The historical genesis of the bill can be traced back to the bloody partition of India in 1947 when the Indian nationalist leadership made it clear during the Constituent Assembly Debates their concerns of the Hindus left out in East and West Pakistan. Correspondingly, Manipur, a political entity that precedes the Indian nation, made an independent trajectory towards a modern democratic nation when in 1948 elections were held based on universal adult franchise under the Manipur Constitution Act, 1947, considered second to Philippines in the whole South East Asiatic region.


In the “mainstream” political and even academic discourse, despite the elusiveness of the question of the migrant population in the “Northeast”, the discourse on National Register of Citizens (NRC) and to a lesser extent on Citizenship Amendment Bill (CAB), has occupied a dominant position. It is here that it becomes important to point out that the question of population transfer has remained an essential part of the nationalization and Hindunization of an appendage territory in the Indian state-building process. This is corroborated by the fact that Indian policy-makers proposed to settle 100,000 farmers from Punjab in the North-East Frontier Agency (NEFA) i.e. present-day Arunachal Pradesh just after the Indo-China war in 1962.


The discourse on the native, as opposed to settler population, has never been taken up in Indian academia despite it producing an immense number of upper-caste intellectuals in subaltern and postcolonial theories whose focus has included diaspora and Indian migrants in different countries. These theorists who emerged post-independence employ English, the language that enabled British rule over the subcontinent (Macaulay’s Minutes 1835), as a subversive means of challenging European discursive hegemony, despite claiming to have a rich thousand years old scripture, text, and philosophy. The purpose of mentioning this is to highlight the fallacy of the claim that they essentially represent the voice of the “voiceless” whose aspiration they purport to assert, the “unheard” masses hitherto “hidden from history” whose vocabulary is far from English language.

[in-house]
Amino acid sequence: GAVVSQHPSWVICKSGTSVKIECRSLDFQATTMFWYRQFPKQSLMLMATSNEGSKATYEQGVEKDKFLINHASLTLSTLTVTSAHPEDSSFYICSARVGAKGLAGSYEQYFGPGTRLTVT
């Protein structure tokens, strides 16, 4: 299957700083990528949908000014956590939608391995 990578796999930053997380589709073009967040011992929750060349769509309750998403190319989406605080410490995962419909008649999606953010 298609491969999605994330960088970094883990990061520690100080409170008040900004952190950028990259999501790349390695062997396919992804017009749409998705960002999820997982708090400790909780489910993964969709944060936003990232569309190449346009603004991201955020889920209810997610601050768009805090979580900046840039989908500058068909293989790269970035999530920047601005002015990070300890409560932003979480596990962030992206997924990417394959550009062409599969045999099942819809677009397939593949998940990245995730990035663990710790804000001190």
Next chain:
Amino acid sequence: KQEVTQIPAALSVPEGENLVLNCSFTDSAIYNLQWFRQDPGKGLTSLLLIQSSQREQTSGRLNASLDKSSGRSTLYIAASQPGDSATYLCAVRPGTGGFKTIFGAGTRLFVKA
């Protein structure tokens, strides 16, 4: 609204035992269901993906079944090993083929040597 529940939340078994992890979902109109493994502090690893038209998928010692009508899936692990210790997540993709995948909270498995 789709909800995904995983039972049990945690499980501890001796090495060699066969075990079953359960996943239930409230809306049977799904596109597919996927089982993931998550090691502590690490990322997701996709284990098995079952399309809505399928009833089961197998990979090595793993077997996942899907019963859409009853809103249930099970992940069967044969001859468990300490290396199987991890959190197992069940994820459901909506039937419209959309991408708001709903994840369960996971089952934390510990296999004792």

The overall political landscape of the “Northeast” vis-à-vis the “mainland” in present times is what necessitates a thorough engagement with the concept such as settler colonialism. Settler colonialism at its truest nature aims to eliminate an entire disposable native people because it is inherently eliminatory, and, erasure of indigeneity, native language, culture and traditions, ways of life, names of places, etc. of the native population is an essential component. In this project, the question of land becomes the most decisive factor, because land is life.


Settler colonial discourse when met with meticulous resistance, the natives are represented as xenophobic and chauvinist, or are discarded as wholly meaningless, or either brutally suppressed through the use of military and the “rule of law.” In this discourse, the native lands are always treated as remote land to be discovered and acquired over which modern industries and markets must be established. The powerful outsiders’ rights to buy always supersede the native’s rights not to sell. The ideological justification of the settlers for the dispossession of the natives is that they have an equally rightful claim to the territory accorded by a law book and that they know better how to use the land and resources of the newly conquered land. The natives’ claim to any right is obsolete and is a meaningless utterance in this discourse.